Tuesday, August 28, 2007

Arkham Asylum A Serious House on Serious Earth, or How I Bought/Read My First Pretentious Graphic Novel

So, still reeling from the fact that I went to New York's biggest comic book store and bought one of the best-selling graphic novel's of all time there I thought I should actually get around to read it. Grant Morrison's Arkham Asylum, A Serious House on Serious Earth illustrated by Dave McKean is an interesting read for many reasons. It is Batman as I had never thought of him before (sexually stunted? ambiguous and shadowy? broken and fragmented?) - it's not West, Keaton, Kilmer, Clooney or even Bale and I don't think I'd have it any other way. Little did I know that this classic graphic novel has spurred disparate reception with the lovely power of hindsight. Just from reading around the web the word that is ever-present in all the negative reviews is "pretentious" and maybe that's why I liked it so much.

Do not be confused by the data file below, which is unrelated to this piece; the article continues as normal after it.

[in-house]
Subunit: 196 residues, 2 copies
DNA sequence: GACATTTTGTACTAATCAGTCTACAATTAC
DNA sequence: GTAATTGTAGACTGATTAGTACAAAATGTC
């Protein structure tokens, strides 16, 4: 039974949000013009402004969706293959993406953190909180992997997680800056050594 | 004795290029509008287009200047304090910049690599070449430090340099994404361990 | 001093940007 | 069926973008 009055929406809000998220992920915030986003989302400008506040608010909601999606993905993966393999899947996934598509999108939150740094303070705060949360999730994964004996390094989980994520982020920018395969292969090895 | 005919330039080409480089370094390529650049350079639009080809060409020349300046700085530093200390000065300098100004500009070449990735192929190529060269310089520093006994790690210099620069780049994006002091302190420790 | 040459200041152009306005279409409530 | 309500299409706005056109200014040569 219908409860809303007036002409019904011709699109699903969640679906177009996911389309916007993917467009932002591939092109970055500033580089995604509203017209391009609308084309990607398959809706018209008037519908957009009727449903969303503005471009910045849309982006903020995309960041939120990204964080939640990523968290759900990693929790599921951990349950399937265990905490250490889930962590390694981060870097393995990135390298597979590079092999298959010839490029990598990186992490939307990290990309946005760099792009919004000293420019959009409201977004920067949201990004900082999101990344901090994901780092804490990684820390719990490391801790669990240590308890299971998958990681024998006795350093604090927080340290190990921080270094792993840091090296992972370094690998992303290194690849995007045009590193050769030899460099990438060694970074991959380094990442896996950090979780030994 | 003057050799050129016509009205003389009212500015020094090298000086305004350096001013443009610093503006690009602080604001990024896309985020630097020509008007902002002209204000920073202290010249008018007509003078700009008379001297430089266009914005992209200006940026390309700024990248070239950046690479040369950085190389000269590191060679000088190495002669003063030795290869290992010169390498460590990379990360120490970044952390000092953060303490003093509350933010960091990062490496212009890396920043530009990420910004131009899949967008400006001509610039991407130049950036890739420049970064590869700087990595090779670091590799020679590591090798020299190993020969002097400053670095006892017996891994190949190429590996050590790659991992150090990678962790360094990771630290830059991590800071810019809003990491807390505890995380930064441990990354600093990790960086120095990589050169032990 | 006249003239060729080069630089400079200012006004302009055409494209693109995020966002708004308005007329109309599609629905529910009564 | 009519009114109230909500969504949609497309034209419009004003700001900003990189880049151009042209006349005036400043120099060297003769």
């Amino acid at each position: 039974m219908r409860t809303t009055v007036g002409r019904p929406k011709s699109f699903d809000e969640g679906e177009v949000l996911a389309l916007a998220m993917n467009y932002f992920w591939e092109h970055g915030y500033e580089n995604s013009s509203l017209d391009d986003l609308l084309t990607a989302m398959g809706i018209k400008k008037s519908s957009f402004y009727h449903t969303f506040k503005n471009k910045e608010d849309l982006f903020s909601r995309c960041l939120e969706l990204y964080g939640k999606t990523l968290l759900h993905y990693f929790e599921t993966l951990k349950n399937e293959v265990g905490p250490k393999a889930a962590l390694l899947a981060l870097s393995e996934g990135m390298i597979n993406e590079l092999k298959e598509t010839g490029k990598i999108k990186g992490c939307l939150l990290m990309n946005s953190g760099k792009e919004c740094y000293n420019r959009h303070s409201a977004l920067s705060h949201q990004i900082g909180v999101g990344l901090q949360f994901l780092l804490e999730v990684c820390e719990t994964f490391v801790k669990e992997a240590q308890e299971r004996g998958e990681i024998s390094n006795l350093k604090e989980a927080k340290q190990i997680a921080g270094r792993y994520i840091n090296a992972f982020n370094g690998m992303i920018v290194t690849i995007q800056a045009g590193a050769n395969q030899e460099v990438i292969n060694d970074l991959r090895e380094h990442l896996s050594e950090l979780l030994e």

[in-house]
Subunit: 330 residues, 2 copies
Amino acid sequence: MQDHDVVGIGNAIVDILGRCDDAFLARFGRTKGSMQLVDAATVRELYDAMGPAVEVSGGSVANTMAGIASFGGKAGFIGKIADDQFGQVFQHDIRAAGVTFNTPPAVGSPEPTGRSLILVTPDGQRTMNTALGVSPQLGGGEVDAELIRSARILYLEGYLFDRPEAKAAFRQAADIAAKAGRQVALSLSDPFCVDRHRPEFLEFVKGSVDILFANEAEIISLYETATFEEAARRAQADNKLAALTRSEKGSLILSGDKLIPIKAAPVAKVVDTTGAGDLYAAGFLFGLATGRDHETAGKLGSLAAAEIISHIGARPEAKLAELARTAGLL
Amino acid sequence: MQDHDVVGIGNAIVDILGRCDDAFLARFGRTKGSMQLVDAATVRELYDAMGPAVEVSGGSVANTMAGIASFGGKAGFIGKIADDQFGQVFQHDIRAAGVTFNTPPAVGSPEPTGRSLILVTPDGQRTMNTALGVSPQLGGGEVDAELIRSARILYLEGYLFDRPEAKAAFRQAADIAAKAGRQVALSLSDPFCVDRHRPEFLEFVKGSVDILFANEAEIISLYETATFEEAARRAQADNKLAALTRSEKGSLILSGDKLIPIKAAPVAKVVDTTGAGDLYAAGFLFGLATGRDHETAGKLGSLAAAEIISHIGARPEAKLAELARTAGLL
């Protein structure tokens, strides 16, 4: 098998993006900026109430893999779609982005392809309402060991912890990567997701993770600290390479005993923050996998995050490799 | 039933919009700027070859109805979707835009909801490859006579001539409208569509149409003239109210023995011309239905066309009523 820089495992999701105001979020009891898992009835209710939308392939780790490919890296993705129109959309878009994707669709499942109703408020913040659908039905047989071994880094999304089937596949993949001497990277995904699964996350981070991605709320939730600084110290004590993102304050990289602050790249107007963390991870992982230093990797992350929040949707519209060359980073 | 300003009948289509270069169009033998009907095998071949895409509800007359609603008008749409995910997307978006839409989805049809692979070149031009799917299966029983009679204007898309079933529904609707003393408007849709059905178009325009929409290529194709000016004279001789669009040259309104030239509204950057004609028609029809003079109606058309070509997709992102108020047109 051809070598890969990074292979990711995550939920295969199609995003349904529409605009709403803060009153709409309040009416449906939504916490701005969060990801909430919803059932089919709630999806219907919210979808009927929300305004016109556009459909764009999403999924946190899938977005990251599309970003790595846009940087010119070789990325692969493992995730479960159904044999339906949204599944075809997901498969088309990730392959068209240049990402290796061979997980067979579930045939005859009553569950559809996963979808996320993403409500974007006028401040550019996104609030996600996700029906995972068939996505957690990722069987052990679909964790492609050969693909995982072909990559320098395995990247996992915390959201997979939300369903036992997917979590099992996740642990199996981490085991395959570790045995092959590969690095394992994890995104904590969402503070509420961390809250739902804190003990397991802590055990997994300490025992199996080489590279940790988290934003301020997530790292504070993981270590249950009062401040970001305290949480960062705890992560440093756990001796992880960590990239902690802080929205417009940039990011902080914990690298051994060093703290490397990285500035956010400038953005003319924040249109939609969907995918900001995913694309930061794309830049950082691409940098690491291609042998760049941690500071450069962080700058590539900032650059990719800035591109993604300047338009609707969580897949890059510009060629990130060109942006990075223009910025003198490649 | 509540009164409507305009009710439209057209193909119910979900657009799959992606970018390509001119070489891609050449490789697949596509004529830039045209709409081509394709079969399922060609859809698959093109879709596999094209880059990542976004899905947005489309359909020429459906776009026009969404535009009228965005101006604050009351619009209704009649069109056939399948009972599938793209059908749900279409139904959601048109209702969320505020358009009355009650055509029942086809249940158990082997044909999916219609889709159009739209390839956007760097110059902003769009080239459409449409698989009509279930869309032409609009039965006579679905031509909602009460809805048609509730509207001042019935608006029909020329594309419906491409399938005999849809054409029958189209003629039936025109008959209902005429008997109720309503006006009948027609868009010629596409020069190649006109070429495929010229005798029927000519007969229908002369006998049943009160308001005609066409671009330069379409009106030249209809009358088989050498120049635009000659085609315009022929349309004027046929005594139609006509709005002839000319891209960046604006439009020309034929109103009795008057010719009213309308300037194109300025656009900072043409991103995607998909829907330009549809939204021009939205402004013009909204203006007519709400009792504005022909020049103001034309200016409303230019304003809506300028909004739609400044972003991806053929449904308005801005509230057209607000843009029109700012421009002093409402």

Freud + Christian Imagery on its head + Tarot Symbology + Jungian Mythology + Batman + Theories of Sanity/Insanity = A good read for someone as geeky and theory-oriented as myself. The inclusion of Morrison's original script in this version was very intriguing - you get to see how intricately woven all the symbology was in Morrison's writing and yet how far away McKean drifts from specificity and moves towards mood and tone to invoke the surrealism and Saturnalia-effect the book has when you first read it. This is the kind of graphic novel that just screams "Theorise-Me!" (an apt Lewis Carrollian imperative from a book so influenced by that 'children's story') and well I would love to - I find that stories about losing one's sanity in order to gain self-knowledge are quite appealing. Reading Asylum reminded me of Carlos Fuentes Aura and Juan Rulfo's Pedro Paramo - which, while different in style and scope deal with similar topics - only instead of Batman you're getting Latin-American history.

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